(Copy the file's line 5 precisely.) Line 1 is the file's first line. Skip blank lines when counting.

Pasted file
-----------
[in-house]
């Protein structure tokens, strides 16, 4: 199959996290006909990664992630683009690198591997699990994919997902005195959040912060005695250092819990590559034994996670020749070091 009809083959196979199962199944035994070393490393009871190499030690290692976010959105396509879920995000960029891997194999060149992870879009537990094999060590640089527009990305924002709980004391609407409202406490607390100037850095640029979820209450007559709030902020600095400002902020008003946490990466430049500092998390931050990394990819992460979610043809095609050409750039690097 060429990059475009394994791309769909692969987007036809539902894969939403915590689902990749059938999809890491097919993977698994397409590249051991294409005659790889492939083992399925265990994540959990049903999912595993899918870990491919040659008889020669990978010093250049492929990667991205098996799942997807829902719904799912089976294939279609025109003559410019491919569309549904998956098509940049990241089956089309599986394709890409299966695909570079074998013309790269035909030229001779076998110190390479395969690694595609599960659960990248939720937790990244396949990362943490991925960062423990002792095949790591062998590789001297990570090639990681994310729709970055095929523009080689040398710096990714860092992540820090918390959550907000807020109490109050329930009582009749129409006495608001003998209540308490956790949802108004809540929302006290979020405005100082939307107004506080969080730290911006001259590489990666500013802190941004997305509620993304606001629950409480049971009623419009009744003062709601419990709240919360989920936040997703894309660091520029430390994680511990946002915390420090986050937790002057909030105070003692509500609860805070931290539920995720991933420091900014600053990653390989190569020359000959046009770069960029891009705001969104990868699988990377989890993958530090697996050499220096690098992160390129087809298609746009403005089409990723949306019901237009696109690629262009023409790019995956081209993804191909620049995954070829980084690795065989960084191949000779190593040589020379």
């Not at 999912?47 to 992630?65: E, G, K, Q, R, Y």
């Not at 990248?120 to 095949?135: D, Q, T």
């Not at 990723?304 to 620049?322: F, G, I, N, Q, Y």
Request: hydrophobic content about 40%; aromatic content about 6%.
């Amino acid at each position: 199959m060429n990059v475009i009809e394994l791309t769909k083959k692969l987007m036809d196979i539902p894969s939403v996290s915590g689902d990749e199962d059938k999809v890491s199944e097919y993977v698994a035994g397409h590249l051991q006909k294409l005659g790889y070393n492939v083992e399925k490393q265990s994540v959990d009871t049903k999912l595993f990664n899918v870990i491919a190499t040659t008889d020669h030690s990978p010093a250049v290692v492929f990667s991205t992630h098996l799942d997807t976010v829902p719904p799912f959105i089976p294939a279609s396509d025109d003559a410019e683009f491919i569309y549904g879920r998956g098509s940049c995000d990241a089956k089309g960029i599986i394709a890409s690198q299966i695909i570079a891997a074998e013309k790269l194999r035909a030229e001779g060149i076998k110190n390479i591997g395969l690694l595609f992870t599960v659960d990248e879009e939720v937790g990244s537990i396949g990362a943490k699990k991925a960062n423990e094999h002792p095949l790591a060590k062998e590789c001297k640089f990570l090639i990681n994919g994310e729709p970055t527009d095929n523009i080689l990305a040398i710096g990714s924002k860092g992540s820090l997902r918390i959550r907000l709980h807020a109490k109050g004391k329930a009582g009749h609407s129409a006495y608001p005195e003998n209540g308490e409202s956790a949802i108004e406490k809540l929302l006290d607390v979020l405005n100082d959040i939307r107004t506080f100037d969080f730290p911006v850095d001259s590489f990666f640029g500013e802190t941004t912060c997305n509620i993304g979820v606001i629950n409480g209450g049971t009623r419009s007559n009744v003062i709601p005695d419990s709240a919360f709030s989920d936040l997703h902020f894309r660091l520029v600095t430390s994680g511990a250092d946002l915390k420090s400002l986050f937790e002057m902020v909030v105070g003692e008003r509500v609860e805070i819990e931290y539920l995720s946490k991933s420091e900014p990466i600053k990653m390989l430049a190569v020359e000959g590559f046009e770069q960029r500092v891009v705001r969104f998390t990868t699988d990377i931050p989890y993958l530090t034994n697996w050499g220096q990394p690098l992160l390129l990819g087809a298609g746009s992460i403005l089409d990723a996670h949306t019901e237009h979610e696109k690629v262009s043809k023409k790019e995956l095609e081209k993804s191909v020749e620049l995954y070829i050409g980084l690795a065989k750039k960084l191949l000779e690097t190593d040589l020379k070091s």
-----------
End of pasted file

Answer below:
């Not at 990723?304 to 620049?322: F, G, I, N, Q, Y």